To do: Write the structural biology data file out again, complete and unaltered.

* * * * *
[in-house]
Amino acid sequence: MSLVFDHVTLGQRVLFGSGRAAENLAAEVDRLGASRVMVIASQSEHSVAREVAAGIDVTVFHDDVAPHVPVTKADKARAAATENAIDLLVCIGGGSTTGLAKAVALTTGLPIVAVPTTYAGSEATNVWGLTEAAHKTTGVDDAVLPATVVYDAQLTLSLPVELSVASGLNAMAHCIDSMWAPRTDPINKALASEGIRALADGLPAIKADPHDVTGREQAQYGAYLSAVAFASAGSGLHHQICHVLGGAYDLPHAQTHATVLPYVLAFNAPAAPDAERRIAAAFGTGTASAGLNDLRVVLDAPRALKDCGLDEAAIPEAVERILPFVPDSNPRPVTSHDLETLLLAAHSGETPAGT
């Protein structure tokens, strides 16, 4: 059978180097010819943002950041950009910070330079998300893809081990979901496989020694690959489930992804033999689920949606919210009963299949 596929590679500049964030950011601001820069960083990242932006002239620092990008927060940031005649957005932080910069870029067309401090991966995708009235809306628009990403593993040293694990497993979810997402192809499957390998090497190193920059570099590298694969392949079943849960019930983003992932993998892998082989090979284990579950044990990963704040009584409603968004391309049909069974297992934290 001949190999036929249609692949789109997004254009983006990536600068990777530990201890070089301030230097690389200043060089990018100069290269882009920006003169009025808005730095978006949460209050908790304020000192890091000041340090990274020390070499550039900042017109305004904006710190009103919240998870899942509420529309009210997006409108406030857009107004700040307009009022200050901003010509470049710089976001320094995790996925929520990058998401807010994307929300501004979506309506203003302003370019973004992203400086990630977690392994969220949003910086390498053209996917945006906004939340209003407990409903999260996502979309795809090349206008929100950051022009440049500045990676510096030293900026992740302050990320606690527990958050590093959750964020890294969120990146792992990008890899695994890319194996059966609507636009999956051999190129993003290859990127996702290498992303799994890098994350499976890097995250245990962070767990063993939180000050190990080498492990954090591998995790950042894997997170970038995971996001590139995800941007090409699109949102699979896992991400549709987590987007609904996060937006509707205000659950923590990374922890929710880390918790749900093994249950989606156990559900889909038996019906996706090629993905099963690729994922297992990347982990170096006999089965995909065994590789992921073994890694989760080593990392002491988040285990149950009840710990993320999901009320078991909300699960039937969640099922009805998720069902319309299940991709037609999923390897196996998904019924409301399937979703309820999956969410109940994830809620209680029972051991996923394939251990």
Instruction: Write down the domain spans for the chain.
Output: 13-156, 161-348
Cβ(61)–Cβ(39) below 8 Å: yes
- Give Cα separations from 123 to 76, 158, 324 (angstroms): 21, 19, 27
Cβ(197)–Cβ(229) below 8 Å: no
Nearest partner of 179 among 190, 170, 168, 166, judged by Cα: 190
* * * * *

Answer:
[in-house]
Amino acid sequence: MSLVFDHVTLGQRVLFGSGRAAENLAAEVDRLGASRVMVIASQSEHSVAREVAAGIDVTVFHDDVAPHVPVTKADKARAAATENAIDLLVCIGGGSTTGLAKAVALTTGLPIVAVPTTYAGSEATNVWGLTEAAHKTTGVDDAVLPATVVYDAQLTLSLPVELSVASGLNAMAHCIDSMWAPRTDPINKALASEGIRALADGLPAIKADPHDVTGREQAQYGAYLSAVAFASAGSGLHHQICHVLGGAYDLPHAQTHATVLPYVLAFNAPAAPDAERRIAAAFGTGTASAGLNDLRVVLDAPRALKDCGLDEAAIPEAVERILPFVPDSNPRPVTSHDLETLLLAAHSGETPAGT
């Protein structure tokens, strides 16, 4: 059978180097010819943002950041950009910070330079998300893809081990979901496989020694690959489930992804033999689920949606919210009963299949 596929590679500049964030950011601001820069960083990242932006002239620092990008927060940031005649957005932080910069870029067309401090991966995708009235809306628009990403593993040293694990497993979810997402192809499957390998090497190193920059570099590298694969392949079943849960019930983003992932993998892998082989090979284990579950044990990963704040009584409603968004391309049909069974297992934290 001949190999036929249609692949789109997004254009983006990536600068990777530990201890070089301030230097690389200043060089990018100069290269882009920006003169009025808005730095978006949460209050908790304020000192890091000041340090990274020390070499550039900042017109305004904006710190009103919240998870899942509420529309009210997006409108406030857009107004700040307009009022200050901003010509470049710089976001320094995790996925929520990058998401807010994307929300501004979506309506203003302003370019973004992203400086990630977690392994969220949003910086390498053209996917945006906004939340209003407990409903999260996502979309795809090349206008929100950051022009440049500045990676510096030293900026992740302050990320606690527990958050590093959750964020890294969120990146792992990008890899695994890319194996059966609507636009999956051999190129993003290859990127996702290498992303799994890098994350499976890097995250245990962070767990063993939180000050190990080498492990954090591998995790950042894997997170970038995971996001590139995800941007090409699109949102699979896992991400549709987590987007609904996060937006509707205000659950923590990374922890929710880390918790749900093994249950989606156990559900889909038996019906996706090629993905099963690729994922297992990347982990170096006999089965995909065994590789992921073994890694989760080593990392002491988040285990149950009840710990993320999901009320078991909300699960039937969640099922009805998720069902319309299940991709037609999923390897196996998904019924409301399937979703309820999956969410109940994830809620209680029972051991996923394939251990």
Instruction: Write down the domain spans for the chain.
Output: 13-156, 161-348
Cβ(61)–Cβ(39) below 8 Å: yes
- Give Cα separations from 123 to 76, 158, 324 (angstroms): 21, 19, 27
Cβ(197)–Cβ(229) below 8 Å: no
Nearest partner of 179 among 190, 170, 168, 166, judged by Cα: 190